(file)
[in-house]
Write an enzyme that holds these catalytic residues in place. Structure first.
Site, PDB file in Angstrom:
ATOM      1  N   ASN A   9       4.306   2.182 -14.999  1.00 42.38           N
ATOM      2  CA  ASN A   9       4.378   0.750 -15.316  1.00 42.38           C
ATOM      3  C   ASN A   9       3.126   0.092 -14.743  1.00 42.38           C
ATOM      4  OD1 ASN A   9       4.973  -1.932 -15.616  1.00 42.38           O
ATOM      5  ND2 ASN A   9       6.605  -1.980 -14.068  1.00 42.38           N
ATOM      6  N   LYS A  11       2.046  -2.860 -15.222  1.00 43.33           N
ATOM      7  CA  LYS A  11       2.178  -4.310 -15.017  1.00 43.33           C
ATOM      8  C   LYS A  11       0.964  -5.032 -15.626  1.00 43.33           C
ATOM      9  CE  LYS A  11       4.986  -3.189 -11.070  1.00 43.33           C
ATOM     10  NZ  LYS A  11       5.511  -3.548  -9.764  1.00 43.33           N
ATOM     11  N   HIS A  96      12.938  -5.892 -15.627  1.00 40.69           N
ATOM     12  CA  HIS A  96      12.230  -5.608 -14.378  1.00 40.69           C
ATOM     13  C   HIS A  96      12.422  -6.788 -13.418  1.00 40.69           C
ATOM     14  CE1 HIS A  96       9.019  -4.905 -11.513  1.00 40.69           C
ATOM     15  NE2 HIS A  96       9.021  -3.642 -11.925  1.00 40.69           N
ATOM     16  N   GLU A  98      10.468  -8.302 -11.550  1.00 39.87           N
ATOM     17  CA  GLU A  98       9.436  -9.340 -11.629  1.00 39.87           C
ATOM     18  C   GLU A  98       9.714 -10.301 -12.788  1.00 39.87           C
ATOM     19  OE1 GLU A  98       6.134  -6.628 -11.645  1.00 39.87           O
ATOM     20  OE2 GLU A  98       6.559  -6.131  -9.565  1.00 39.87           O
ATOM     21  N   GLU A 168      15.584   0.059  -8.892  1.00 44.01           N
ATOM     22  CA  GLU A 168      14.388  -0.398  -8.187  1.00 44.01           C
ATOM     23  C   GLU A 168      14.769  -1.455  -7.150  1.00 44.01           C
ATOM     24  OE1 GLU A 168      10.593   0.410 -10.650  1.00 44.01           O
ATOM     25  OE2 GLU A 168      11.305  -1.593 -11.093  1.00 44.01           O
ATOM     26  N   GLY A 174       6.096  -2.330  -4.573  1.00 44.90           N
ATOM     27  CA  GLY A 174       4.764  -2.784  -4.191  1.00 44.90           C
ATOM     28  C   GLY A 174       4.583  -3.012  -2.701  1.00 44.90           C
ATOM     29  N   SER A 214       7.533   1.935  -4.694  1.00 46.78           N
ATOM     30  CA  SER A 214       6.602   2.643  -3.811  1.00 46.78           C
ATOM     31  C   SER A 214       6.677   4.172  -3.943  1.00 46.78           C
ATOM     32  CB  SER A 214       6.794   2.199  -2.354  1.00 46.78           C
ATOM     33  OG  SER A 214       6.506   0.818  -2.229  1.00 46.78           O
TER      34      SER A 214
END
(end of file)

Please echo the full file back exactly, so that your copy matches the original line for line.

[in-house]
Write an enzyme that holds these catalytic residues in place. Structure first.
Site, PDB file in Angstrom:
ATOM      1  N   ASN A   9       4.306   2.182 -14.999  1.00 42.38           N
ATOM      2  CA  ASN A   9       4.378   0.750 -15.316  1.00 42.38           C
ATOM      3  C   ASN A   9       3.126   0.092 -14.743  1.00 42.38           C
ATOM      4  OD1 ASN A   9       4.973  -1.932 -15.616  1.00 42.38           O
ATOM      5  ND2 ASN A   9       6.605  -1.980 -14.068  1.00 42.38           N
ATOM      6  N   LYS A  11       2.046  -2.860 -15.222  1.00 43.33           N
ATOM      7  CA  LYS A  11       2.178  -4.310 -15.017  1.00 43.33           C
ATOM      8  C   LYS A  11       0.964  -5.032 -15.626  1.00 43.33           C
ATOM      9  CE  LYS A  11       4.986  -3.189 -11.070  1.00 43.33           C
ATOM     10  NZ  LYS A  11       5.511  -3.548  -9.764  1.00 43.33           N
ATOM     11  N   HIS A  96      12.938  -5.892 -15.627  1.00 40.69           N
ATOM     12  CA  HIS A  96      12.230  -5.608 -14.378  1.00 40.69           C
ATOM     13  C   HIS A  96      12.422  -6.788 -13.418  1.00 40.69           C
ATOM     14  CE1 HIS A  96       9.019  -4.905 -11.513  1.00 40.69           C
ATOM     15  NE2 HIS A  96       9.021  -3.642 -11.925  1.00 40.69           N
ATOM     16  N   GLU A  98      10.468  -8.302 -11.550  1.00 39.87           N
ATOM     17  CA  GLU A  98       9.436  -9.340 -11.629  1.00 39.87           C
ATOM     18  C   GLU A  98       9.714 -10.301 -12.788  1.00 39.87           C
ATOM     19  OE1 GLU A  98       6.134  -6.628 -11.645  1.00 39.87           O
ATOM     20  OE2 GLU A  98       6.559  -6.131  -9.565  1.00 39.87           O
ATOM     21  N   GLU A 168      15.584   0.059  -8.892  1.00 44.01           N
ATOM     22  CA  GLU A 168      14.388  -0.398  -8.187  1.00 44.01           C
ATOM     23  C   GLU A 168      14.769  -1.455  -7.150  1.00 44.01           C
ATOM     24  OE1 GLU A 168      10.593   0.410 -10.650  1.00 44.01           O
ATOM     25  OE2 GLU A 168      11.305  -1.593 -11.093  1.00 44.01           O
ATOM     26  N   GLY A 174       6.096  -2.330  -4.573  1.00 44.90           N
ATOM     27  CA  GLY A 174       4.764  -2.784  -4.191  1.00 44.90           C
ATOM     28  C   GLY A 174       4.583  -3.012  -2.701  1.00 44.90           C
ATOM     29  N   SER A 214       7.533   1.935  -4.694  1.00 46.78           N
ATOM     30  CA  SER A 214       6.602   2.643  -3.811  1.00 46.78           C
ATOM     31  C   SER A 214       6.677   4.172  -3.943  1.00 46.78           C
ATOM     32  CB  SER A 214       6.794   2.199  -2.354  1.00 46.78           C
ATOM     33  OG  SER A 214       6.506   0.818  -2.229  1.00 46.78           O
TER      34      SER A 214
END